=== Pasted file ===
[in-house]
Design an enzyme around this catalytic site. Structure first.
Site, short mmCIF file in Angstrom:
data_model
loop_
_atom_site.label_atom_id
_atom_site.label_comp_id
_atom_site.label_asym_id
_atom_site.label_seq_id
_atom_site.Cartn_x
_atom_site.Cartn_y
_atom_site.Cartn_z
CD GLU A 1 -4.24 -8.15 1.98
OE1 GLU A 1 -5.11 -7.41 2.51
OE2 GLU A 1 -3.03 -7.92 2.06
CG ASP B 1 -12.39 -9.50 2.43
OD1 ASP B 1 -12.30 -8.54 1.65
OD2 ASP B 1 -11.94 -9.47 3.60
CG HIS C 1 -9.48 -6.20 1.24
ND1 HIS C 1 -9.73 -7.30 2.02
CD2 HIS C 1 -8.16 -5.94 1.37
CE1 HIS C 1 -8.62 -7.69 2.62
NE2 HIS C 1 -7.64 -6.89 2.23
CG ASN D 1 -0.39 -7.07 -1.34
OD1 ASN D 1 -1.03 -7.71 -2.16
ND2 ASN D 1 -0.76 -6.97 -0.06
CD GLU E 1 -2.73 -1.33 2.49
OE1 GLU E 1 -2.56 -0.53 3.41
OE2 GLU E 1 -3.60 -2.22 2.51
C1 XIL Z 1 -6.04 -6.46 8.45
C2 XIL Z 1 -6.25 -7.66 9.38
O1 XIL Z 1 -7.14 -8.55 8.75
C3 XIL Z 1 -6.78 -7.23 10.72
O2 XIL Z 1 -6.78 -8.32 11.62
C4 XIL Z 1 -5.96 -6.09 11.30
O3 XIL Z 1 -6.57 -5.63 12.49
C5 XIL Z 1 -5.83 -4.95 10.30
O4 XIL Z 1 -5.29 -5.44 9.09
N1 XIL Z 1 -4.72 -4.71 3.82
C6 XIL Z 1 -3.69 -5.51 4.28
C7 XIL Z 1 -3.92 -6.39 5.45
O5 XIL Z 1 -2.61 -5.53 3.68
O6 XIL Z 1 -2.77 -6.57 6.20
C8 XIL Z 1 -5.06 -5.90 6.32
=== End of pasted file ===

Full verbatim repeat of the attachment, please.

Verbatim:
[in-house]
Design an enzyme around this catalytic site. Structure first.
Site, short mmCIF file in Angstrom:
data_model
loop_
_atom_site.label_atom_id
_atom_site.label_comp_id
_atom_site.label_asym_id
_atom_site.label_seq_id
_atom_site.Cartn_x
_atom_site.Cartn_y
_atom_site.Cartn_z
CD GLU A 1 -4.24 -8.15 1.98
OE1 GLU A 1 -5.11 -7.41 2.51
OE2 GLU A 1 -3.03 -7.92 2.06
CG ASP B 1 -12.39 -9.50 2.43
OD1 ASP B 1 -12.30 -8.54 1.65
OD2 ASP B 1 -11.94 -9.47 3.60
CG HIS C 1 -9.48 -6.20 1.24
ND1 HIS C 1 -9.73 -7.30 2.02
CD2 HIS C 1 -8.16 -5.94 1.37
CE1 HIS C 1 -8.62 -7.69 2.62
NE2 HIS C 1 -7.64 -6.89 2.23
CG ASN D 1 -0.39 -7.07 -1.34
OD1 ASN D 1 -1.03 -7.71 -2.16
ND2 ASN D 1 -0.76 -6.97 -0.06
CD GLU E 1 -2.73 -1.33 2.49
OE1 GLU E 1 -2.56 -0.53 3.41
OE2 GLU E 1 -3.60 -2.22 2.51
C1 XIL Z 1 -6.04 -6.46 8.45
C2 XIL Z 1 -6.25 -7.66 9.38
O1 XIL Z 1 -7.14 -8.55 8.75
C3 XIL Z 1 -6.78 -7.23 10.72
O2 XIL Z 1 -6.78 -8.32 11.62
C4 XIL Z 1 -5.96 -6.09 11.30
O3 XIL Z 1 -6.57 -5.63 12.49
C5 XIL Z 1 -5.83 -4.95 10.30
O4 XIL Z 1 -5.29 -5.44 9.09
N1 XIL Z 1 -4.72 -4.71 3.82
C6 XIL Z 1 -3.69 -5.51 4.28
C7 XIL Z 1 -3.92 -6.39 5.45
O5 XIL Z 1 -2.61 -5.53 3.68
O6 XIL Z 1 -2.77 -6.57 6.20
C8 XIL Z 1 -5.06 -5.90 6.32